I'm glad I did. It's funny, it's life-affirming, and it's a pleasure to read, even if the subject matter might seem to indicate otherwise. The main characters are Hazel Grace Lancaster and Augustus (Gus) Waters. Hazel is 16. She has thyroid cancer and has to haul an oxygen bottle along wherever she goes. She still alive thanks only to a miracle drug that's not going to work forever. Gus has osteosarcoma and has had part of one leg amputated. The two of them meet in a cancer support group and fall in love. Talk about your doomed romances!
That aside, I hope there really are kids like this in the world, kids who are clear-eyed realists, kids who can quote Wallace Stevens or William Carlos Williams at the drop of a hat, kids who are familiar with Kierkegaard, kids who see the metaphorical significance in the ordinary events of daily life. I'm not saying these kids don't exist, mind you. I'm just saying I seldom encounter them. I sure like reading about them, though.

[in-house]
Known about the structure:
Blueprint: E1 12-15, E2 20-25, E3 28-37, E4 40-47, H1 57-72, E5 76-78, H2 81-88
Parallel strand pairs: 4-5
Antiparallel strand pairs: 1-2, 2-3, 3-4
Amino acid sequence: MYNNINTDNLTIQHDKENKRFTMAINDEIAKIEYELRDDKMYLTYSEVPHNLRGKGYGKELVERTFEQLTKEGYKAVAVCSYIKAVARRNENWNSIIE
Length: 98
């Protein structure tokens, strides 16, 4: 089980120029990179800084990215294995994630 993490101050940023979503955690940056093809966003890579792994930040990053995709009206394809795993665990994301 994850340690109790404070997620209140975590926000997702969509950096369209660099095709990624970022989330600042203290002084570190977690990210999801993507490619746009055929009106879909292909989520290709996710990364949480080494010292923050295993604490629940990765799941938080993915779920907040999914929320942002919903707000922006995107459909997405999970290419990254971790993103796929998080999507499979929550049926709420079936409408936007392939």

Anyway, Hazel and Gus are huge fans of a book written by a reclusive author who lives in Amsterdam. The book has what we literary scholars call an "open ending." They want to know the rest of the story, so they go to Amsterdam (sort of a "Make a Wish" deal) to meet the author, who [HUGE SPOILER] turns out to be a total asshole (unlike any actual authors you might have met) [END OF HUGE SPOILER].
There's a lot more, but that's enough plot summary. Sad and terrible things happen in this book, but it's not sad or terrible. Sure, it might make even a manly man such as myself a little verklempt from time to time, but it's about living, not dying, and I recommend it highly.
P. S. I posted here about Green's signing all 150,000 copies of the first printing of this book, so I have a signed copy. Well, there's something that might be a signature. I can make out the "J."